While I certainly have issues with hearing offices, none in Jacksonville rise to the level that sicken me.  I realize that is a fairly low bar, but read on about the issues going in in Madison, Wisconsin.  Federal agents are looking into allegations of misconduct – specifically, sexual harassment.  See this article from last month.

 

MADISON, Wis. – Federal investigators are in Madison seeking answers to widespread allegations of misconduct at the Office of Disability Adjudication and Review.

The Office of the Inspector General for the Social Security Administration questioned staff members at the Madison office Wednesday and are expected to continue their on-site investigation through the weeks, according to an ODAR employee and whistleblower.

Celia Machelle Keller, a lead case technician at the Madison office, said OIG’s presence gives her more confidence that something will finally be done about what some Madison employees have called a “culture of corruption and cover up.”

“I’m confident something will be done, but I’m not confident it will be what is ultimately needed, which is a pure wash of local and regional managers,” Keller said. “The corruption is not just in the Madison office, it’s in the regional office.

The OIG, sources say, has for weeks been conducting an investigation into conduct complaints, particularly those allegations surrounding Administrative Law Judge John Pleuss and Hearing Office Director Laura Hodorowicz.

As Wisconsin Watchdog first reported, Pleuss is accused of sexually harassing staff members and disability claimants. Wisconsin Watchdog last month obtained Pleuss’ case notes in which he described claimants with adjectives like “buxom,” “cute,” and, in the case of a black woman appearing before him, “gorilla-like.”

Multiple whistleblowers accuse Pleuss of inappropriately touching and addressing them, and deciding disability cases based on the physical attractiveness of claimants.

Keller claims Pleuss inappropriately hugged her, making her feel uncomfortable.

Sources also claim Hodorowicz and other administrators have retaliated against them, and have effectively bribed employees, rewarding them for their loyalty and silence.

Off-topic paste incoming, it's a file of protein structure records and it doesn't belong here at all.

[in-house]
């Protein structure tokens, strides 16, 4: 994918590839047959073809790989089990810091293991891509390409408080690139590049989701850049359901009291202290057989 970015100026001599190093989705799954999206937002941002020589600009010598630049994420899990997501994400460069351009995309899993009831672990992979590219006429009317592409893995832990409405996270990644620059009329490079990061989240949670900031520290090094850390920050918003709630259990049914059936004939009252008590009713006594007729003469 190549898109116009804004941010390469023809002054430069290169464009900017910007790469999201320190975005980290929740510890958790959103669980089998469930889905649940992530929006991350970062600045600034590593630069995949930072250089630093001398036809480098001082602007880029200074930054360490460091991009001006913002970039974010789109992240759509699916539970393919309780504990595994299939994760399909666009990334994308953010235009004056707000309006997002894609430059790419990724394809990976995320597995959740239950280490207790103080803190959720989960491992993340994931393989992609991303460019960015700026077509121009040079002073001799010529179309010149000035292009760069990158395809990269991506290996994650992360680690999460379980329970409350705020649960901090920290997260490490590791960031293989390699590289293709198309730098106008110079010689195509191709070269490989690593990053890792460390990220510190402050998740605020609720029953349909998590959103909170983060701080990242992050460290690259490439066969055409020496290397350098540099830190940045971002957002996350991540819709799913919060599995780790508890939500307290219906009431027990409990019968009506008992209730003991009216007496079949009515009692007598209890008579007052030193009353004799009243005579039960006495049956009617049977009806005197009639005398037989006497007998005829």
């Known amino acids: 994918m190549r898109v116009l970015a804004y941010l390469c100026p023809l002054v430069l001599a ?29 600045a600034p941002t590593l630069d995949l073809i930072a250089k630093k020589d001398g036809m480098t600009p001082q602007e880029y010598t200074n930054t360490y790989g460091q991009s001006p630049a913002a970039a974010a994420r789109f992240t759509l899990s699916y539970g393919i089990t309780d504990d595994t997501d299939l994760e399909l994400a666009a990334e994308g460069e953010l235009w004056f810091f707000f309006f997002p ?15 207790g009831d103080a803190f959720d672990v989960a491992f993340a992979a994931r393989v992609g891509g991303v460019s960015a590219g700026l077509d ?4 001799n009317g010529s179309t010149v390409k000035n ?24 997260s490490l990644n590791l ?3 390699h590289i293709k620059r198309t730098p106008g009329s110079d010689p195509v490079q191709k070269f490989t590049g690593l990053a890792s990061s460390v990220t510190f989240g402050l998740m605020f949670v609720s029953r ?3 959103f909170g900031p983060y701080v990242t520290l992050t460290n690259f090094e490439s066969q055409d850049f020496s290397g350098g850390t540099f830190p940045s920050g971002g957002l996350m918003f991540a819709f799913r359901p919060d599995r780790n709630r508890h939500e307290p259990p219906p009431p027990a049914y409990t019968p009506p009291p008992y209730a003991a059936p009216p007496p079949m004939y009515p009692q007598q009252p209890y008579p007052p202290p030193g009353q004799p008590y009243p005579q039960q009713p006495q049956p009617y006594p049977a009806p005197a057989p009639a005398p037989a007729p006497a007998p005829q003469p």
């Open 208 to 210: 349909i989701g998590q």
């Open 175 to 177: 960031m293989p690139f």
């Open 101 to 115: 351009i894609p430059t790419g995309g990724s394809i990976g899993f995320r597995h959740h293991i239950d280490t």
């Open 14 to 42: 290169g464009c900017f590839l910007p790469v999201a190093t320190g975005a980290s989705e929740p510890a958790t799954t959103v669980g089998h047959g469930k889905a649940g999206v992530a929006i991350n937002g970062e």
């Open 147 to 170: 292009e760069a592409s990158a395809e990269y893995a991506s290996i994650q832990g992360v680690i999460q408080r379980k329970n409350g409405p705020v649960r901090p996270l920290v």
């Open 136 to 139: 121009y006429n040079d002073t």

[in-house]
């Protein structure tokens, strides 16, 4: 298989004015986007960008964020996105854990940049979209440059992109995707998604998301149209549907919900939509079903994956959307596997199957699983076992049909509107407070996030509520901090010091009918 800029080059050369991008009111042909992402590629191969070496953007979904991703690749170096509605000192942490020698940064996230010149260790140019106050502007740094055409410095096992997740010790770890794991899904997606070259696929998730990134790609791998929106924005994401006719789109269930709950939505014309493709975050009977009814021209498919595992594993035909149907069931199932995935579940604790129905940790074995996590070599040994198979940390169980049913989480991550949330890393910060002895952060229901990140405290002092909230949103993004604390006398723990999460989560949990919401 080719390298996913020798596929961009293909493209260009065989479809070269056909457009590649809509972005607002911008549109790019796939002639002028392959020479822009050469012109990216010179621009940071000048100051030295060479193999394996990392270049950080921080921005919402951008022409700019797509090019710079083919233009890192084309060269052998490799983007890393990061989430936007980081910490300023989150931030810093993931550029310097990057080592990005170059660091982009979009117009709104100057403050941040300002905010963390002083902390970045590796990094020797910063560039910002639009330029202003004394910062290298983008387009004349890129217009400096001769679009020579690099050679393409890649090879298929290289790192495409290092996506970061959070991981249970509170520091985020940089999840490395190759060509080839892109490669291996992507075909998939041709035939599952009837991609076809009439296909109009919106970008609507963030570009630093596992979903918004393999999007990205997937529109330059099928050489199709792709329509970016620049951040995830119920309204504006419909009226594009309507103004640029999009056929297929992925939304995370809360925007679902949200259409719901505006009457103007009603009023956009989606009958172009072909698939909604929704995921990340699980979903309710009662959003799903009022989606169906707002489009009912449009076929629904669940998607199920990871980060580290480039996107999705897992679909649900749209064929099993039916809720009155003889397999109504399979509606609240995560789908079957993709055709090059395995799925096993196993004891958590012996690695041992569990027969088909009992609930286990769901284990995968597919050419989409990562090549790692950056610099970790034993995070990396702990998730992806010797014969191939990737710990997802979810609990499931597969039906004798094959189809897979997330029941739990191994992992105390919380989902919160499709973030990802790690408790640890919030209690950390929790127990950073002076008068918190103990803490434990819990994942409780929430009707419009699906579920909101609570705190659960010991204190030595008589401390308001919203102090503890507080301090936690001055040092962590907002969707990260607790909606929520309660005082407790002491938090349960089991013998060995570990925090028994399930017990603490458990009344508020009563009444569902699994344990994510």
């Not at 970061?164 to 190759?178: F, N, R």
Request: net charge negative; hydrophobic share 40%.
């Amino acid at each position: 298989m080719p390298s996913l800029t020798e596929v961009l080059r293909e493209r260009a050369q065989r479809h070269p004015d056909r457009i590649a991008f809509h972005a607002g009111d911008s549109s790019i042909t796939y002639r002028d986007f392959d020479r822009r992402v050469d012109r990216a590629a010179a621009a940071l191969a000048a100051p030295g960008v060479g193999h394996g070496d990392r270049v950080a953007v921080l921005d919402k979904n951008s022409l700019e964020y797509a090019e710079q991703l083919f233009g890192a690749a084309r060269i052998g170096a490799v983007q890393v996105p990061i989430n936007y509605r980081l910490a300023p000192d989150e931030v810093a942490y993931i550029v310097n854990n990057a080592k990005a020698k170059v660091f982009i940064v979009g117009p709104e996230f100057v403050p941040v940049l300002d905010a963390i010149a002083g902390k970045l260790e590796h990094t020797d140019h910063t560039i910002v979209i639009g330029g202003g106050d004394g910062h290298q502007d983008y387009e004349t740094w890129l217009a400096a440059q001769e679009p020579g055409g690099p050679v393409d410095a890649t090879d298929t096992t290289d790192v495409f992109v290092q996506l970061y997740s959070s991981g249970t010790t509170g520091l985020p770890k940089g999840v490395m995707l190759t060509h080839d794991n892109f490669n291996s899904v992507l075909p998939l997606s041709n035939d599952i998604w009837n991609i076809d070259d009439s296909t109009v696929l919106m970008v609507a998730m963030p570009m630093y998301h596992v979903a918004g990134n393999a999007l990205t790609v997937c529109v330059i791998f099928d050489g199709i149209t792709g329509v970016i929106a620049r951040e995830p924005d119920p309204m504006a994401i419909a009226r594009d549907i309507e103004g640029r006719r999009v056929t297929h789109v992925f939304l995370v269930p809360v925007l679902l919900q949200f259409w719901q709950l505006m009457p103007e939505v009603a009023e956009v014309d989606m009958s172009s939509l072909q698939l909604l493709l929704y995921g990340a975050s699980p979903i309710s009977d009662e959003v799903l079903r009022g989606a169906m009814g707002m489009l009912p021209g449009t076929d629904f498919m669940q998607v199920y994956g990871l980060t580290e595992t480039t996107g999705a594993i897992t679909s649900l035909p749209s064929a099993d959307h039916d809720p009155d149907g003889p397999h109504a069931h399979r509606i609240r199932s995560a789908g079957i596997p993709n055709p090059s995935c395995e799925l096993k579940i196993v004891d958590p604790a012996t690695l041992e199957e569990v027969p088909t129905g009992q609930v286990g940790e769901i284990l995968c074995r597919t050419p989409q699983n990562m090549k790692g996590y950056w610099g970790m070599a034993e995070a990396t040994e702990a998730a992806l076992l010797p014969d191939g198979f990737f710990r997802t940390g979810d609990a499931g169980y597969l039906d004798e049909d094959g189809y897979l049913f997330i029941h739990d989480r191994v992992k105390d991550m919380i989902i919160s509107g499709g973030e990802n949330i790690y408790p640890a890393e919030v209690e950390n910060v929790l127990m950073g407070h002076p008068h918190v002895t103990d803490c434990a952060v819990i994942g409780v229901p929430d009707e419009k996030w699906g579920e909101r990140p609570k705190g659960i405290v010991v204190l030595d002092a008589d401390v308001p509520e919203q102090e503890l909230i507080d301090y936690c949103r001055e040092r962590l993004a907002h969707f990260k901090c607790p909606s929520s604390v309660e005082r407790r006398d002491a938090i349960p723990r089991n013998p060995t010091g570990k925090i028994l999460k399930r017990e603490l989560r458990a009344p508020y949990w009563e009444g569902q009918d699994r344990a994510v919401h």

U.S. Sen Ron Johnson, R-Oshkosh, on June 14 sent a letter to Carolyn Colvin, informing the SSA’s acting commissioner that the Senate Homeland Security and Governmental Affairs Committee has opened an inquiry into reports of misconduct and retaliation in both the Madison and Milwaukee ODAR facilities. Johnson is chairman of that panel.

U.S. Sen. Tammy Baldwin, D-Madison, recently sent a letter to SSA’s acting commissioner demanding that the agency take “immediate action” to address the allegations.

“In light of an apparent lack of disciplinary action since my previous correspondence, I believe it is time for you to intervene and ensure that the Madison ODAR office is a safe work environment, free from inappropriate behavior, that provides the highest-quality service to my constituents,” Baldwin wrote.

The Homeland Security and Governmental Affairs Committee still is waiting for the SSA to complete multiple requests for information.

Last week I posed about Hillary Clinton’s position on Social Security and Medicare.  The information posted was pulled from her website and represents her formal positions.  Mr. Trump’s website does not contain information on Social Security so the following comments are pulled from various news outlets.

From The Fiscal Times:

Trump early in the primary season said he would oppose cuts in Medicare and Medicaid, seemingly echoing the sentiments of liberal Democrats and drawing kudos from senior advocacy groups.

However, Bloomberg reported that when Trump met with House Speaker Paul Ryan (R-WI) on May 12, he said privately that he favors cutting Social Security on moral grounds but knew that declaring it would seriously hurt his chances in November. The following day, Trump’s senior policy adviser Sam Clovis said during a conference in Washington that Trump would consider changes in Social Security and Medicare “after the administration’s been in place.”

Last week, the Republican delegates gathered in Cleveland were emphatic in saying that all entitlement programs, including Social Security, will be on the table in looking for long-term solutions to budget and debt problems. Ryan and other GOP leaders have long advocated changes in Social Security, including partial privatization of the system.